Theological texts projected Mahadevi as ultimate reality in the universe as a "powerful, creative, active, transcendent female being." The Puranas and Tantra literature of India celebrates this idea, particularly between the 12th–16th century, and the best example of such texts being the various manuscript versions of Devi Bhagavata Purana with the embedded Devi Gita therein.
Devi Bhagavata Purana gives prime position to Mahadevi as the mother of all encompassing the three worlds and gives her the position of being all of universe – the material and the spiritual. In the Upanishadic text Devi Upanishad, a Sakta Upanishad and an important Tantric text probably composed sometime between the ninth and fourtheenth centuries the Goddess is addressed in the most general and universal of terms, as Mahadevi, and represents all goddesses as different manifestations of her. The Lalita Sahasranama (Thousand names of Lalita(Parvati)or states that Mahadevi is known by different synonyms such as Jagatikanda (anchors the world), Vishvadhika (one who surpasses the universe), Nirupama (one who has no match), Parameshwari (dominant governor), Vyapini (encompasses everything), Aprameya (immeasurable), Anekakotibrahmadajanani (creator of many universes), Vishvagarbha (she whose garbha or womb subsumes the universe), Sarvadhara (helps all), Sarvaga (being everywhere at the same time, Sarvalokesi (governs all worlds) and Vishavdaharini one who functions for the whole universe).
The Mahadevi goddess has many aspects to her personality. She focuses on that side of her that suits her objectives, but unlike male Hindu deities, her powers and knowledge work in concert in a multifunctional manner, rather than sequential re-incarnation as with Vishnu. The ten aspects of her, also called Mahavidyas (or great forms of her knowledge) are: Kali, Tara, Tripura Sundari, Bhairavi, Bhuvanesvari, Chhinnamasta, Dhumavati, Bagalamukhi, Matangi and Kamala.
Tantra and Devis
Tantric literature such as Soundarya Lahari meaning "Flood of Beauty", credited to Adi Shankaracharya a shakta or tantric poem, is dedicated to the Supreme Deity of the sect, the Devi who is considered much superior to Shiva. It celebrates Devi and her feminine persona. It is an approach to the tantra through Devi.
In Shakti Tantra traditions, Devis are visualized with yantra and are a tool for spiritual journey for the tantric adept. The adepts ritually construct triangle yantras with proper use of visualization, movement and mantra. The adepts believe, state John Stratton Hawley and Donna Marie Wulff, that "to establish such yantra is to place the macrocosm within oneself", and doing so can yield temporal benefits, spiritual powers or enlightenment.
A tantric text titled "Vigyan Bhairav Tantra", 'Vigyan' meaning "consciousness" is a conversation between Shiva and Devi rendered in 112 verses, elaborates on "wisdom and insight of pure consciousness."
Devi Puja is the worship of Devi which is observed through four forms of Devi Yantra; the first is Tara that exists in the realm of the fourth chakra representing the spiritual heart; Sarasvati emanates in the first chakra; Lakshmi forms the second chakra; and Kali is at the heart of the third chakra. Worship through this Yantra leads to realization of "cosmic energy" within oneself.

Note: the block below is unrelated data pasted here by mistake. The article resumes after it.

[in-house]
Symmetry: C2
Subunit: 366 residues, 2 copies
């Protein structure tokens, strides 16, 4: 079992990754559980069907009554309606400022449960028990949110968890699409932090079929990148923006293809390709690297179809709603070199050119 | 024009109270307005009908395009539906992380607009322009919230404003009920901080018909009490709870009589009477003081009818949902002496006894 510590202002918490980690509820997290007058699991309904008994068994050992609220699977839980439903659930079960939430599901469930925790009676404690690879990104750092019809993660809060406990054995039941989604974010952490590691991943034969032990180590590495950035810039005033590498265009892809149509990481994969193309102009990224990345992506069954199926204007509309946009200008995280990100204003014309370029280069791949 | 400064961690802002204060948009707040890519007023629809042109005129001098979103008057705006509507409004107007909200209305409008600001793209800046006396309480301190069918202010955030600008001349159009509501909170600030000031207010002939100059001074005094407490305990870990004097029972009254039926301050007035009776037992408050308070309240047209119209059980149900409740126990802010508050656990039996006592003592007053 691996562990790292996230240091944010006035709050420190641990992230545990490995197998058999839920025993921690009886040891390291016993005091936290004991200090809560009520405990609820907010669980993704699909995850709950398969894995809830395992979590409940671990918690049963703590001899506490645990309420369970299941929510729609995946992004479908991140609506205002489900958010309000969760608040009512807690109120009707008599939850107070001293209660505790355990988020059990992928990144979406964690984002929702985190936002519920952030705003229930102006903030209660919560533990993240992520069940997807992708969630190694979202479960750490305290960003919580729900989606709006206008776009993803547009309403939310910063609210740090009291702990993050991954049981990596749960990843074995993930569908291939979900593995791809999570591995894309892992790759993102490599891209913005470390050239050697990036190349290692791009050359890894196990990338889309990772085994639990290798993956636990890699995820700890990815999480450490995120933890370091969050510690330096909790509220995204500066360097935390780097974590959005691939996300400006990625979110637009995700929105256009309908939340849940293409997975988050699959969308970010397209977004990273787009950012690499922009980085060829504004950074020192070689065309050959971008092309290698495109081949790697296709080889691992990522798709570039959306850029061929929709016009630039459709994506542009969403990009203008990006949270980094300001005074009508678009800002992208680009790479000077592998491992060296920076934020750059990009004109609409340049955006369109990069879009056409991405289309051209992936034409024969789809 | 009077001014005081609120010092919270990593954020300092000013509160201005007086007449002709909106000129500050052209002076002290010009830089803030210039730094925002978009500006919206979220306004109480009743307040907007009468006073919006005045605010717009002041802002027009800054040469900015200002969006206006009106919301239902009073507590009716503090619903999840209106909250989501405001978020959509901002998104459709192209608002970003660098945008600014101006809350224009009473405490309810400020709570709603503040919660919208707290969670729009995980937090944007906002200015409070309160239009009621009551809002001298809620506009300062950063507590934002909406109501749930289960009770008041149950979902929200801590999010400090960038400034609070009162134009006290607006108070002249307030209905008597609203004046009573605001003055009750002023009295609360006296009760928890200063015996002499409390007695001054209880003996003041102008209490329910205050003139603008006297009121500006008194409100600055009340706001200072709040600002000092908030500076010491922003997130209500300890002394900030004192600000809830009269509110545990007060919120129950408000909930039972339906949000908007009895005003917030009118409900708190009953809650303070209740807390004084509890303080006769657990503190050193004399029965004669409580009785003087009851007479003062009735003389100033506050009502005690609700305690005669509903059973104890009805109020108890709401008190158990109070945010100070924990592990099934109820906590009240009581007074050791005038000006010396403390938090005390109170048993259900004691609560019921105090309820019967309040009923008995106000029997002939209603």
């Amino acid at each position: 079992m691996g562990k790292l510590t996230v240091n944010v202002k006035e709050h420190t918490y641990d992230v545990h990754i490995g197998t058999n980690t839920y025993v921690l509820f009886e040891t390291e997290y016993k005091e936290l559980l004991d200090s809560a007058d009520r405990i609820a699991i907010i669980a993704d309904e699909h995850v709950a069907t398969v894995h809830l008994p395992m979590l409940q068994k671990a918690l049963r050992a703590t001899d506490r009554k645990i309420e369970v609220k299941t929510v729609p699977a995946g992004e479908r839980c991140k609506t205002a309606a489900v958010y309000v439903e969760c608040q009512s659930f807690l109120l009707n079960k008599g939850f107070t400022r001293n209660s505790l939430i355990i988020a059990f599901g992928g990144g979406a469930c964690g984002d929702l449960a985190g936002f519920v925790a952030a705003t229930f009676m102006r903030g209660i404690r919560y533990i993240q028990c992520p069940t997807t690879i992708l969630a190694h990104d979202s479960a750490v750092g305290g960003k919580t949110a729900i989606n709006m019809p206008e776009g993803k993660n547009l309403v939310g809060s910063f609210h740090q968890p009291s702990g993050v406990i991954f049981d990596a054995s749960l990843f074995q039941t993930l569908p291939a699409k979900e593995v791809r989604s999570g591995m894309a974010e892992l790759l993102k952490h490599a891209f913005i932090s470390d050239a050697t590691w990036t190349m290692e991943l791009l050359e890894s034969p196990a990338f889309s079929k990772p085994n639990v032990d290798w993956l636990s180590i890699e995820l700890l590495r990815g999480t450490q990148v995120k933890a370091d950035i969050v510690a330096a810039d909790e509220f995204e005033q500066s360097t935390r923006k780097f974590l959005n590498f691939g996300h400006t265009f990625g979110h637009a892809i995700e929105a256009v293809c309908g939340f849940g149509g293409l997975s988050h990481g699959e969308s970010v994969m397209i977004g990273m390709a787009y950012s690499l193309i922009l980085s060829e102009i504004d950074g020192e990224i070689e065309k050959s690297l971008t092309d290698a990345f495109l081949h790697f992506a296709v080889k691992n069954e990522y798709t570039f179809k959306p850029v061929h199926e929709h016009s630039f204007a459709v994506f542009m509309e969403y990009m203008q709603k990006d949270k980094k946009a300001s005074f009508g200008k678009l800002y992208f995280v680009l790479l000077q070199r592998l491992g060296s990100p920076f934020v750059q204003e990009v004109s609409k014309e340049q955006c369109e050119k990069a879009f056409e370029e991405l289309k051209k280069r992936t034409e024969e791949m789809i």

Matrikas, that is, the mothers, are seven or eight female divinities, which are depicted as a group. They are Brahmani, Vaishnavi, Maheshvari, Indrani, Kaumari, Varahi and Chamundi or Narasimhi.:151–152 The Matrikas concept are important in Tantric traditions. They are described in the Isaanasivagurudevapaddhati, as creations to facilitate Lord Shiva face his adversary Andhakasura. All the Matrikas are depicted in a sitting position known as the Lalitasana and bedecked with heavy jewellery.
The idea of eight mother goddesses together is found in Himalayan Shaivism, while seven divine mothers (Sapta Matrika) is more common in South India.
- Kinsley, David (1988). Hindu Goddesses: Vision of the Divine Feminine in the Hindu Religious Traditions. University of California Press, ISBN 0-520-06339-2.
- Thomas Coburn (2002), Devī-Māhātmya: The Crystallization of the Goddess Tradition, Motilal Banarsidass, ISBN 978-81-208-0557-6, pages 1–23
- Bryant, Edwin (2007), Krishna: A Sourcebook, Oxford University Press, p. 441
- Flood, Gavin, ed. (2003), The Blackwell Companion to Hinduism, Blackwell Publishing Ltd., ISBN 1-4051-3251-5, pages 200–203
- Klostermaier 2010, p. 496.
- Klostermaier 2010, p. 492.
- Klostermaier, Klaus (2010). A Survey of Hinduism, 3rd Edition. State University of New York Press, ISBN 978-0-7914-7082-4, pages 101–102
- Hawley, John Stratton and Donna Marie Wulff (1998). Devi: Goddesses of India, Motilal Banarsidass. ISBN 978-81-208-1491-2, page 2
- John Stratton Hawley and Donna Marie Wulff (1998), Devi: Goddesses of India, Motilal Banarsidass, ISBN 978-81-208-1491-2, pages 18–21
- Deva Etymology Dictionary, Douglas Harper (2015)
- McDaniel 2004, p. 90.
- Brown 1998, p. 26.
- Sanskrit original see: ऋग्वेद: सूक्तं १०.१२५;
for an alternate English translation, see: The Rig Veda/Mandala 10/Hymn 125 Ralph T.H. Griffith (Translator); for
- Fuller, Christopher John (2004). The Camphor Flame: Popular Hinduism and Society in India. Princeton University Press, ISBN 978-0-691-12048-5, page 41